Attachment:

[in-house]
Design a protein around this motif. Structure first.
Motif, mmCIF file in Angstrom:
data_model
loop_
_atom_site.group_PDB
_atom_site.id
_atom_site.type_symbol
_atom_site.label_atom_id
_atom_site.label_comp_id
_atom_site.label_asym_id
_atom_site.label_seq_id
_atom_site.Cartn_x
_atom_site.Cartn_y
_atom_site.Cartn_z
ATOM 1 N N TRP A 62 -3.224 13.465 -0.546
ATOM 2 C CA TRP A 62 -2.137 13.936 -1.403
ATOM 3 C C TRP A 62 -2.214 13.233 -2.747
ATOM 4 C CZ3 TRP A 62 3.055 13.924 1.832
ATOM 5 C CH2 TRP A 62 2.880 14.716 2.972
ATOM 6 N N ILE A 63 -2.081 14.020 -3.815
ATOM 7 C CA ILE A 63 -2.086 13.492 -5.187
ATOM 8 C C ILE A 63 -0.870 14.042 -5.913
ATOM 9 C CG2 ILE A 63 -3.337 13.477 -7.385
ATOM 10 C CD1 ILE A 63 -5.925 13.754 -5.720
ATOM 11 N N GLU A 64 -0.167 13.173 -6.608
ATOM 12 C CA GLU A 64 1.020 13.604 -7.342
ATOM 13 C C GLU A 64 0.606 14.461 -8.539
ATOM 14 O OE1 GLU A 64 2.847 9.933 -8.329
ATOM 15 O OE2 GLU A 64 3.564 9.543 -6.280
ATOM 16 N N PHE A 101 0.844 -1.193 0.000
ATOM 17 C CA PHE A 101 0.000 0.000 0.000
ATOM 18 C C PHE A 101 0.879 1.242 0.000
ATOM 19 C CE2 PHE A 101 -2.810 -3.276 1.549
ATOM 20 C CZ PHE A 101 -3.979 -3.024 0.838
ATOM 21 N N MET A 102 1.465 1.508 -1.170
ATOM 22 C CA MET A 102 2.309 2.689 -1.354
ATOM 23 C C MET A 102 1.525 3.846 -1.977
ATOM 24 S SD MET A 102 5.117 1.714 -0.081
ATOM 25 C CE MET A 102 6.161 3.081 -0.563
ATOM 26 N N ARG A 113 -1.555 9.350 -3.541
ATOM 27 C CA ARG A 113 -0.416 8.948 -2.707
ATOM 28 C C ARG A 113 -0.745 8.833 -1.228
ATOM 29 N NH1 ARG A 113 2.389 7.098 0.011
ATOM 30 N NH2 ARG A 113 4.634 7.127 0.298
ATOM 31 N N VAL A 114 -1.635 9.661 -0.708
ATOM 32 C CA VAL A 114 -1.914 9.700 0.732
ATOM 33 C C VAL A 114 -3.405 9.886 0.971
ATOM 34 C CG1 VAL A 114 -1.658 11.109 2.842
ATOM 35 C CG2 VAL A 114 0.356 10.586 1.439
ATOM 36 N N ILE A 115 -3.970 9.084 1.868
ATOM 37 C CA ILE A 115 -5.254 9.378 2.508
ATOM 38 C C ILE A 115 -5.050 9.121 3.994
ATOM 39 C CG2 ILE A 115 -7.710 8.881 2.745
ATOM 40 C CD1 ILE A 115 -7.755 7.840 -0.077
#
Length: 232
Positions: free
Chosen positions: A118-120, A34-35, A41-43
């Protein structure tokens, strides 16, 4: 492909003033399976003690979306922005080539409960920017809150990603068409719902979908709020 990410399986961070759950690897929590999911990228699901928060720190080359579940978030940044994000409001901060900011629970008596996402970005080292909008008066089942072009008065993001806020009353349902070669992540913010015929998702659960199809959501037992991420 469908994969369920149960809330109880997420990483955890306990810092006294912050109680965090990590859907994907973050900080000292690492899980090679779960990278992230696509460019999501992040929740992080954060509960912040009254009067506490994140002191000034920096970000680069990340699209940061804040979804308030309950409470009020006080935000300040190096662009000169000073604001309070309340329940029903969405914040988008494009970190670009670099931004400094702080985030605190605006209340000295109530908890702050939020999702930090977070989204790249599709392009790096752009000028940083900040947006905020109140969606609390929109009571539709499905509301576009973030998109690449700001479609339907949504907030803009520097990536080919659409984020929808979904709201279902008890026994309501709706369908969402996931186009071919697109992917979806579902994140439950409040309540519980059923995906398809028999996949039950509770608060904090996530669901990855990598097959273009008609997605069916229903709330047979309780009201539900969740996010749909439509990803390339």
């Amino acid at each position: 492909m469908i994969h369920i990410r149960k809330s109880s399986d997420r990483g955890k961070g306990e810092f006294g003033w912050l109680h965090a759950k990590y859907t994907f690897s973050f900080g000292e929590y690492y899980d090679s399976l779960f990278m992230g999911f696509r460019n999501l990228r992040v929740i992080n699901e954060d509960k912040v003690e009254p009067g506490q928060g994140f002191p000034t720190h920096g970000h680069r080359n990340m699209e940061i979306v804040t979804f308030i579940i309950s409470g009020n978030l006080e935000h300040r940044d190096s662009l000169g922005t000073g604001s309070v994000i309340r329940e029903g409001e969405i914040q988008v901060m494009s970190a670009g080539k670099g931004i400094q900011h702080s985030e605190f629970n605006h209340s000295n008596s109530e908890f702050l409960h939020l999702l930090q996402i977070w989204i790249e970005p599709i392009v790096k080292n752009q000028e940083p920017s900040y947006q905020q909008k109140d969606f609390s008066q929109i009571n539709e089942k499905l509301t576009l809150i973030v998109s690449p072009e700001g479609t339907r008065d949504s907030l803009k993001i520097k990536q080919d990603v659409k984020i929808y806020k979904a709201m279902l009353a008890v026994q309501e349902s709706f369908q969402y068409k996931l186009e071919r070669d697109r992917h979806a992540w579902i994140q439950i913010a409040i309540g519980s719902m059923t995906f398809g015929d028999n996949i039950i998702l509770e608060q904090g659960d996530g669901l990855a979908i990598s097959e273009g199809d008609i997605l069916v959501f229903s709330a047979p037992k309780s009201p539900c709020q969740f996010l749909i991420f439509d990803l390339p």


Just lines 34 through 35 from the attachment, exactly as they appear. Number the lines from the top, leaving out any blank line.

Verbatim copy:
ATOM 19 C CE2 PHE A 101 -2.810 -3.276 1.549
ATOM 20 C CZ PHE A 101 -3.979 -3.024 0.838